Ownership Explained with Python


What does this Python program print out?

squares = (x * x for x in range(10)) # 1
print(min(squares)) # 2
print(max(squares)) # 3

I would like it to print:

It actually prints:

0
Traceback (most recent call last): File "ownership-problem.py", line 3, in <module> print(max(squares))
ValueError: max() arg is an empty sequence

Argh! Line 2 worked correctly, but line 3 failed. Also, this error message is kind of confusing, because (x * x for x in range(10)) is clearly not an empty sequence. What happened is that, since squares is an iterator, calling min exhausted the iterator, leaving no elements in it. When we tried to call max, no elements were left.

It’s not immediately obvious that calling min(squares) modifies squares. If squares were a list or even a range, we would be able to call min and max on it with no problem. It would be nice if the language prevented us from trying to use something twice that can only be used once. Almost all modern languages, both statically and dynamically typed, will fail at runtime in these situations.

Once more, with ownership

Here is an equivalent program written in Rust:

fn main() { // 1 let squares = (0..10).map(|x| x * x); // 2 println!("{:?}", squares.min()); // 3 println!("{:?}", squares.max()); // 4
} // 5

When we try to compile this program, we get the following error:

error[E0382]: use of moved value: `squares` --> ownership.rs:4:21 |
3 | println!("{:?}", squares.min()); | ------- value moved here
4 | println!("{:?}", squares.max()); | ^^^^^^^ value used here after move | = note: move occurs because `squares` has type `std::iter::Map<std::ops::Range<i32>, [closure@ownership.rs:2:31: 2:40]>`, which does not implement the `Copy` trait

First, an important distinction that I did not know before writing this blog post: a value is a chunk of data in the computer’s memory, whereas a variable, like squares, is a way to refer to that value from the code. In most modern programming languages, many variables can refer to a single value. In Rust, though, each value is owned by exactly one variable, meaning that no other variable can access that value. This is the core of ownership.

Rust functions can take ownership of values that are passed into them; this is called moving. Any values that are moved into a function can no longer be used in the outer function.

In this error, the compiler is saying that the value for squares was moved on line 3 but we tried to use it on line 4. This is because the min function moves the iterator. After calling min, the iterator can no longer be used in the outer function. This is a nice way to prevent us from accidentally trying to use an iterator that may have been exhausted.

Python solutions

How would we fix this program? Well, the original way of writing the program is just invalid, because we’re trying to make two passes over an iterator. The simplest solution would be to use a list rather than an iterator, i.e. to store the whole data set in memory. If you’re interested in processing large amounts of data (I am!), storing the whole data set in memory is something to avoid whenever you can.

I can think of two solutions that fix the original program without storing the whole data set in memory. First, we could construct a new iterator each time:

def squares(): return (x * x for x in range(10)) print(min(squares()))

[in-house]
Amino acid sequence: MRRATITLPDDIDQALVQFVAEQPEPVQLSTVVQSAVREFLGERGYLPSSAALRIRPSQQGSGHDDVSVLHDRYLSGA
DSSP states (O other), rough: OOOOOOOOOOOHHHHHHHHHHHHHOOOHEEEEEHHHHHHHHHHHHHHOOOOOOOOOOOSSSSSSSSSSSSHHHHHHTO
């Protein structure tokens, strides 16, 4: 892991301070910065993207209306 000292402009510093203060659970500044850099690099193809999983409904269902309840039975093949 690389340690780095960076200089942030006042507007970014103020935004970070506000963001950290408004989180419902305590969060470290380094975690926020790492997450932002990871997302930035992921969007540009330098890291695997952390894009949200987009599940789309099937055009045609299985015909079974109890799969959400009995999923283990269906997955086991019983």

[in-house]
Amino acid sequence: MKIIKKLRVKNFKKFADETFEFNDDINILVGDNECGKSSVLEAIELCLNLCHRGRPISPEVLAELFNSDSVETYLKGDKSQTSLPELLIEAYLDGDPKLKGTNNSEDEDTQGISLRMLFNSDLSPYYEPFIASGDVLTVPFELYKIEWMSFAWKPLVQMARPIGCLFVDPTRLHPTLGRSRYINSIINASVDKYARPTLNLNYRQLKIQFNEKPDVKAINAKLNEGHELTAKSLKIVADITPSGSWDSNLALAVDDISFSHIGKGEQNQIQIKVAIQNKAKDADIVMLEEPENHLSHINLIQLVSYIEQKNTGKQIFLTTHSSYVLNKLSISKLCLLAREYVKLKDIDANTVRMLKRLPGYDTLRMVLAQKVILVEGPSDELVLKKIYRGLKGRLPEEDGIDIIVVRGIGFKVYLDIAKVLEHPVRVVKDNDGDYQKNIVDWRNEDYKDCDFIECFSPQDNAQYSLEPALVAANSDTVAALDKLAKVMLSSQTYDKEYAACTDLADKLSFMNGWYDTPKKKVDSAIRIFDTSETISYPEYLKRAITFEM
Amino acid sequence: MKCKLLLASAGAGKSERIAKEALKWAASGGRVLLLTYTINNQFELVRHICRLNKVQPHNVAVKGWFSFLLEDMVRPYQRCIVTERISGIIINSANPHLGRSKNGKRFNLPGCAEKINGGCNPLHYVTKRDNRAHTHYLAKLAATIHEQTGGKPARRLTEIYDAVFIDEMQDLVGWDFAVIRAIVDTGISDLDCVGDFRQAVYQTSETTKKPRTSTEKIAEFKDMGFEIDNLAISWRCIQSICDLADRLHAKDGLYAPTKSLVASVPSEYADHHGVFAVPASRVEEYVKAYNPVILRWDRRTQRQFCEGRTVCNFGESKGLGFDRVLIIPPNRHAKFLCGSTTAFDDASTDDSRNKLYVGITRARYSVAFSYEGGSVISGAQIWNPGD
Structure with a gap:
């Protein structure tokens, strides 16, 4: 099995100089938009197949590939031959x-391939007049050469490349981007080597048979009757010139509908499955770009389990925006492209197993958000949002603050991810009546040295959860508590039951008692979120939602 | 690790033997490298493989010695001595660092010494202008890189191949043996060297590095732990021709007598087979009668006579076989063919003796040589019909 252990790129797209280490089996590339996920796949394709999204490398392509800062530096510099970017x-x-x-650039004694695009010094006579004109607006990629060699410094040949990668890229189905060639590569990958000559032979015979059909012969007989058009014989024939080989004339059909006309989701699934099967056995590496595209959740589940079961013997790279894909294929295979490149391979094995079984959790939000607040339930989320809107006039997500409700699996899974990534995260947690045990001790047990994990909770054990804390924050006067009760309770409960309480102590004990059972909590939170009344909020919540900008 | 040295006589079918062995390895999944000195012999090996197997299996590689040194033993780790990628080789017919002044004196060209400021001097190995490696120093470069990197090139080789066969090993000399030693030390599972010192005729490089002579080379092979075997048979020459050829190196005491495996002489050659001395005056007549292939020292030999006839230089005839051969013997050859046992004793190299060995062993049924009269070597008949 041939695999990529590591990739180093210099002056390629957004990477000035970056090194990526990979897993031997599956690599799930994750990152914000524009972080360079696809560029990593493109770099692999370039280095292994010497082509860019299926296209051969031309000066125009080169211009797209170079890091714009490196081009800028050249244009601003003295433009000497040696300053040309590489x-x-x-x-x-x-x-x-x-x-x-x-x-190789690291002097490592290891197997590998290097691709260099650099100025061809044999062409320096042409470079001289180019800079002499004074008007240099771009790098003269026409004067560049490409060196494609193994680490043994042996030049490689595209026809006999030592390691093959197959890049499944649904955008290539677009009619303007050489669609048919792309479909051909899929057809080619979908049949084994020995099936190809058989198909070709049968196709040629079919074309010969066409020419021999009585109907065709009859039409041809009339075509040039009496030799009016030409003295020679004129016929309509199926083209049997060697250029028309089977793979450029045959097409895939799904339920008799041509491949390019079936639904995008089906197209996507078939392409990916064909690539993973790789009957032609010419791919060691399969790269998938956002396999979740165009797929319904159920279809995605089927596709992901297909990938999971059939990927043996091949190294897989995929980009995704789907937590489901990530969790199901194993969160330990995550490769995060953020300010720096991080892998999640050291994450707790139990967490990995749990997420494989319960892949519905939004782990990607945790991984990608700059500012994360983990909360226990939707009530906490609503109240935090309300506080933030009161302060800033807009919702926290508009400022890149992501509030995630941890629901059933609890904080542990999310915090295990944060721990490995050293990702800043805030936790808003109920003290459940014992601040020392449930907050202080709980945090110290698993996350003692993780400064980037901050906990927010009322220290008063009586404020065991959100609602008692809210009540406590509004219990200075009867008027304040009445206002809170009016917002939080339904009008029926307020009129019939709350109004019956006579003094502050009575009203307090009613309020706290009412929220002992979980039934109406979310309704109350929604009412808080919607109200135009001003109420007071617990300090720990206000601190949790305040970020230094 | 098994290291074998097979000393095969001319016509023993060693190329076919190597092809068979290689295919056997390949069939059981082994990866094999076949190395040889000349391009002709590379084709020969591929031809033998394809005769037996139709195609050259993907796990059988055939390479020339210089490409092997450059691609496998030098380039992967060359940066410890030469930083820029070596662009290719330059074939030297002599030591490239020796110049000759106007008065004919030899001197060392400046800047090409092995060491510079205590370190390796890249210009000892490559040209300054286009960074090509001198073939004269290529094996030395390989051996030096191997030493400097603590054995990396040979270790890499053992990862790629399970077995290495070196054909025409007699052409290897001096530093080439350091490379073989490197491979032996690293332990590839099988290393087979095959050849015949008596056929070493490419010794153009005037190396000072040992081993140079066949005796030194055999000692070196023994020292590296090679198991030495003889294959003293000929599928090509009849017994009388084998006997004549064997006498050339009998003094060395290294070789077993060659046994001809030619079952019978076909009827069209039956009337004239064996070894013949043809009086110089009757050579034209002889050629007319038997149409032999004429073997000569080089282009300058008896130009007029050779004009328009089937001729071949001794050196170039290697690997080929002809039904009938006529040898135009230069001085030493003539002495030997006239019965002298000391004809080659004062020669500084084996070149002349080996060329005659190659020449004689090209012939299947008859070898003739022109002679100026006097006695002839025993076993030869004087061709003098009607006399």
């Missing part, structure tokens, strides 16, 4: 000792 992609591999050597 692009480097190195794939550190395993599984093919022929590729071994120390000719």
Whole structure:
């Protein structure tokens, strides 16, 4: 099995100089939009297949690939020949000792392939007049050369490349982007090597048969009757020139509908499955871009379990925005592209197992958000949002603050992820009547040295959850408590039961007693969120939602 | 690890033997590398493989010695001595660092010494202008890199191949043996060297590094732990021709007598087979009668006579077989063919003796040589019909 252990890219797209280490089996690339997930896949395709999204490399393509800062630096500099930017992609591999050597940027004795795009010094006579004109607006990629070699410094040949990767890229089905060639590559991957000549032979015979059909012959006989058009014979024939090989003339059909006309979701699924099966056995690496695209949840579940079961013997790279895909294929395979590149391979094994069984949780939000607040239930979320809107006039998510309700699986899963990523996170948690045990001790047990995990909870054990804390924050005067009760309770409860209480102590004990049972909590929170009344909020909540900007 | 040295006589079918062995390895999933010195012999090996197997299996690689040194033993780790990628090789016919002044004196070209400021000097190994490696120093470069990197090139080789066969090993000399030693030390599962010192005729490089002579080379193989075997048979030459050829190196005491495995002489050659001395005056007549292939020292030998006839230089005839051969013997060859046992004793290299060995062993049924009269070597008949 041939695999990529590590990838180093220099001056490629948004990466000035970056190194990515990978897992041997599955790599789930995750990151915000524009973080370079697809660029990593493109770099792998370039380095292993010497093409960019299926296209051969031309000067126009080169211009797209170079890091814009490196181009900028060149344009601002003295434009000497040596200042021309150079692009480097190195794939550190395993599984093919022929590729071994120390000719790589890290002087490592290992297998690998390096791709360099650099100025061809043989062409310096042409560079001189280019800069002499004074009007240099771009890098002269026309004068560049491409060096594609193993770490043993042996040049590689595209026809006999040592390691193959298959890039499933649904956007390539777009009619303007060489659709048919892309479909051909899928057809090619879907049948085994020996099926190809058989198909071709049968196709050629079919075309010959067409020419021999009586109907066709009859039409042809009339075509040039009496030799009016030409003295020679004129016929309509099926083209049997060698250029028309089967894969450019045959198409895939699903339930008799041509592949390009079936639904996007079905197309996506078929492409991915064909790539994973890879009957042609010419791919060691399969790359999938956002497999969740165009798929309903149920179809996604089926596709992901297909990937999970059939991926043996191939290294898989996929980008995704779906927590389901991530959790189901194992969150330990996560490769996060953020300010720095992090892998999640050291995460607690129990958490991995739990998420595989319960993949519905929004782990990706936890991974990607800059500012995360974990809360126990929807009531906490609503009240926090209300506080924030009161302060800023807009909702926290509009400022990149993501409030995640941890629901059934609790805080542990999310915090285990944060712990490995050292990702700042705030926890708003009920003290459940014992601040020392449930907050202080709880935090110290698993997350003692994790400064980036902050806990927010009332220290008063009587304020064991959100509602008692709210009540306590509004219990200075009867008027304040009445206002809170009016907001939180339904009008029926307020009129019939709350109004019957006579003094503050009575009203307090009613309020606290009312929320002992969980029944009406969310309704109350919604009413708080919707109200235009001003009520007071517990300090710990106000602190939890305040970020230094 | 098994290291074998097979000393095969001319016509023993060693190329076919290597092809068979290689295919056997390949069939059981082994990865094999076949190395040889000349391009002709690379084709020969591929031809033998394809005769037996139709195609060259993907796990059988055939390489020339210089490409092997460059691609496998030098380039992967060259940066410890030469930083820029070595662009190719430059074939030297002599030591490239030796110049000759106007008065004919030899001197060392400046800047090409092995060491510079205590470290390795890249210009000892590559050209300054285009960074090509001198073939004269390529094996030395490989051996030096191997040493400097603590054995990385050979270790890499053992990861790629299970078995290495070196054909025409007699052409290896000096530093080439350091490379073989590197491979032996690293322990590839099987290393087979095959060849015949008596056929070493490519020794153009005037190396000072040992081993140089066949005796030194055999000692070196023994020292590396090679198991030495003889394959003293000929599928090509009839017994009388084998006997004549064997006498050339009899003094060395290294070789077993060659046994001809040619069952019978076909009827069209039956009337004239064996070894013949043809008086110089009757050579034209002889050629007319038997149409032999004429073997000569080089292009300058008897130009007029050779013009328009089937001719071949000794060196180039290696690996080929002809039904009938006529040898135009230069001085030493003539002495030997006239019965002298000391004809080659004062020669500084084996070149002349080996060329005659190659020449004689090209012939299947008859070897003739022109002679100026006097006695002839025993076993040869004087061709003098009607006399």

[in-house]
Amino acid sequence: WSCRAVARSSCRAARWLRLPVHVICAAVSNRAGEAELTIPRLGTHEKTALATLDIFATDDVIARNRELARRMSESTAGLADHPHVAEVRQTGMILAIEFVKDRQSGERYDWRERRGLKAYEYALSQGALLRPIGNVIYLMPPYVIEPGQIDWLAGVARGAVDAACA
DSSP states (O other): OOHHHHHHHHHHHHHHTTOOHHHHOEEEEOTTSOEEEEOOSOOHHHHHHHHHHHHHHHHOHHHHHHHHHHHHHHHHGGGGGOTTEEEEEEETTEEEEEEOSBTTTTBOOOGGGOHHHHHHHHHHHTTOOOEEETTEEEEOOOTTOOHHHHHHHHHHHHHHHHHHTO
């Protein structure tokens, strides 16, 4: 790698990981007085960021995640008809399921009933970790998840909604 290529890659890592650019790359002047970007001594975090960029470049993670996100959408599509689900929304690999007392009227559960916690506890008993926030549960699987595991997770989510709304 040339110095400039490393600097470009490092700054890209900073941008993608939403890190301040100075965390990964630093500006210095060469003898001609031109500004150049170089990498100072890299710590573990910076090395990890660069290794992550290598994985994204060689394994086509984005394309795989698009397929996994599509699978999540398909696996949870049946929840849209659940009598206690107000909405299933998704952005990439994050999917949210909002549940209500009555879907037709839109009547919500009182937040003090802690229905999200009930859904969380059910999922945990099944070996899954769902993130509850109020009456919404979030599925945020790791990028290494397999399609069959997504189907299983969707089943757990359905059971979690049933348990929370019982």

print(max(squares()))

Or, we could compute both the min and the max in a single pass:

def min_and_max(numbers): current_min = current_max = next(numbers) for number in numbers: current_min = min(current_min, number) current_max = max(current_max, number) return (current_min, current_max) squares = (x * x for x in range(10))
minimum, maximum = min_and_max(squares)
print(minimum)
print(maximum)

This program is more efficient, but the code is longer and less elegant. Streaming is hard!

Zooming out a bit

Because an iterator contains mutable state, you should only access it from one place. With ownership, this isn’t just a good idea; it’s the law.

Can ownership be useful outside of iterators? Yes! In Rust, ownership strongly affects all mutable data. I really like this, because it’s easier to reason about the state of a mutable value without worrying that the value is being sneakily mutated somewhere else in the code.

Hopefully this post convinces you that ownership is a tool that can help programmers to avoid mistakes with mutable data. If you want to fill in some of the gaps that I blithely papered over, the Rust Book has a good explanation of ownership.

Thanks to the following Sams for comments: Helman, Zimmerman

Thank you to Reddit user codec-abc, who pointed out that you can implement this incorrect program in Rust! Here is, in my opinion, the most elegant way to do it:

fn main() { let mut squares = (0..10).map(|x| x * x); println!("{:?}", squares.by_ref().min()); println!("{:?}", squares.max());
}

When run, this program prints out:

In this case, there are a few things that help to clarify how this program works:

  1. The programmer must use let mut squares instead of let squares. This indicates that squares is being changed somewhere.
  2. The programmer needs to call by_ref or use some other technique to turn a mut Iterator in a &mut Iterator. This indicates that something is going on. Explaining mutable references is beyond the scope of this post, but the by_ref documentation explains that it is intended exactly for cases where you want to consume part of an iterator without taking ownership of it.
  3. Since the min and max methods return Option, the programmer is forced to think about what should happen if the iterator is empty.